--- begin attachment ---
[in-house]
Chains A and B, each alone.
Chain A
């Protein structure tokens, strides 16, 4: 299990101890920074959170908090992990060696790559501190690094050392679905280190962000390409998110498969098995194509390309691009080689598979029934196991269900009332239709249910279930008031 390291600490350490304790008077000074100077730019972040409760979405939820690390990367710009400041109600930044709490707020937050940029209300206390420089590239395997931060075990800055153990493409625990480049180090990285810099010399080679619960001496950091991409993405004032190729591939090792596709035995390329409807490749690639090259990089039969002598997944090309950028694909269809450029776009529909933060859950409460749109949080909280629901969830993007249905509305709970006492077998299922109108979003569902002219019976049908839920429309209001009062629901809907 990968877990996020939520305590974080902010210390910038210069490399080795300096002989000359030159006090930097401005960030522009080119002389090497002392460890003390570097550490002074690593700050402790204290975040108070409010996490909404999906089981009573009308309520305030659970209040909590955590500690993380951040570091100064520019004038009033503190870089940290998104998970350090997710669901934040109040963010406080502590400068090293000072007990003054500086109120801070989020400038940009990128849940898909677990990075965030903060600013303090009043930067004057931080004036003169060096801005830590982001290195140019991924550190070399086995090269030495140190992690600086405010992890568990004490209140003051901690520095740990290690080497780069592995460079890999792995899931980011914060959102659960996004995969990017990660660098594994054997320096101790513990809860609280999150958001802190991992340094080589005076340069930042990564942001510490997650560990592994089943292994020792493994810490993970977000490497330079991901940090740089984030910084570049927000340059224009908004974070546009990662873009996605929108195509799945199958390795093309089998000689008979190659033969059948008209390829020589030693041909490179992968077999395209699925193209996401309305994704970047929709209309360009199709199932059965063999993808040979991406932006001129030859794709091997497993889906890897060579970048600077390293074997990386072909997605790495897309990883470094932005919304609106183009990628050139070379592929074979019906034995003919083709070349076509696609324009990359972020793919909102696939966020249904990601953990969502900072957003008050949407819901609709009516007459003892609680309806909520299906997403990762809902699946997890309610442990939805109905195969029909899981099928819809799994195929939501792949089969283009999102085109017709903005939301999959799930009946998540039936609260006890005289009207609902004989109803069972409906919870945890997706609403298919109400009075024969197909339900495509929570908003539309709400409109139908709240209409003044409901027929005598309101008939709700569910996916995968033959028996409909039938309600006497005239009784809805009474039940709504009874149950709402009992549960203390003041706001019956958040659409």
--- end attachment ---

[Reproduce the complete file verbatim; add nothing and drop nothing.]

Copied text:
[in-house]
Chains A and B, each alone.
Chain A
């Protein structure tokens, strides 16, 4: 299990101890920074959170908090992990060696790559501190690094050392679905280190962000390409998110498969098995194509390309691009080689598979029934196991269900009332239709249910279930008031 390291600490350490304790008077000074100077730019972040409760979405939820690390990367710009400041109600930044709490707020937050940029209300206390420089590239395997931060075990800055153990493409625990480049180090990285810099010399080679619960001496950091991409993405004032190729591939090792596709035995390329409807490749690639090259990089039969002598997944090309950028694909269809450029776009529909933060859950409460749109949080909280629901969830993007249905509305709970006492077998299922109108979003569902002219019976049908839920429309209001009062629901809907 990968877990996020939520305590974080902010210390910038210069490399080795300096002989000359030159006090930097401005960030522009080119002389090497002392460890003390570097550490002074690593700050402790204290975040108070409010996490909404999906089981009573009308309520305030659970209040909590955590500690993380951040570091100064520019004038009033503190870089940290998104998970350090997710669901934040109040963010406080502590400068090293000072007990003054500086109120801070989020400038940009990128849940898909677990990075965030903060600013303090009043930067004057931080004036003169060096801005830590982001290195140019991924550190070399086995090269030495140190992690600086405010992890568990004490209140003051901690520095740990290690080497780069592995460079890999792995899931980011914060959102659960996004995969990017990660660098594994054997320096101790513990809860609280999150958001802190991992340094080589005076340069930042990564942001510490997650560990592994089943292994020792493994810490993970977000490497330079991901940090740089984030910084570049927000340059224009908004974070546009990662873009996605929108195509799945199958390795093309089998000689008979190659033969059948008209390829020589030693041909490179992968077999395209699925193209996401309305994704970047929709209309360009199709199932059965063999993808040979991406932006001129030859794709091997497993889906890897060579970048600077390293074997990386072909997605790495897309990883470094932005919304609106183009990628050139070379592929074979019906034995003919083709070349076509696609324009990359972020793919909102696939966020249904990601953990969502900072957003008050949407819901609709009516007459003892609680309806909520299906997403990762809902699946997890309610442990939805109905195969029909899981099928819809799994195929939501792949089969283009999102085109017709903005939301999959799930009946998540039936609260006890005289009207609902004989109803069972409906919870945890997706609403298919109400009075024969197909339900495509929570908003539309709400409109139908709240209409003044409901027929005598309101008939709700569910996916995968033959028996409909039938309600006497005239009784809805009474039940709504009874149950709402009992549960203390003041706001019956958040659409």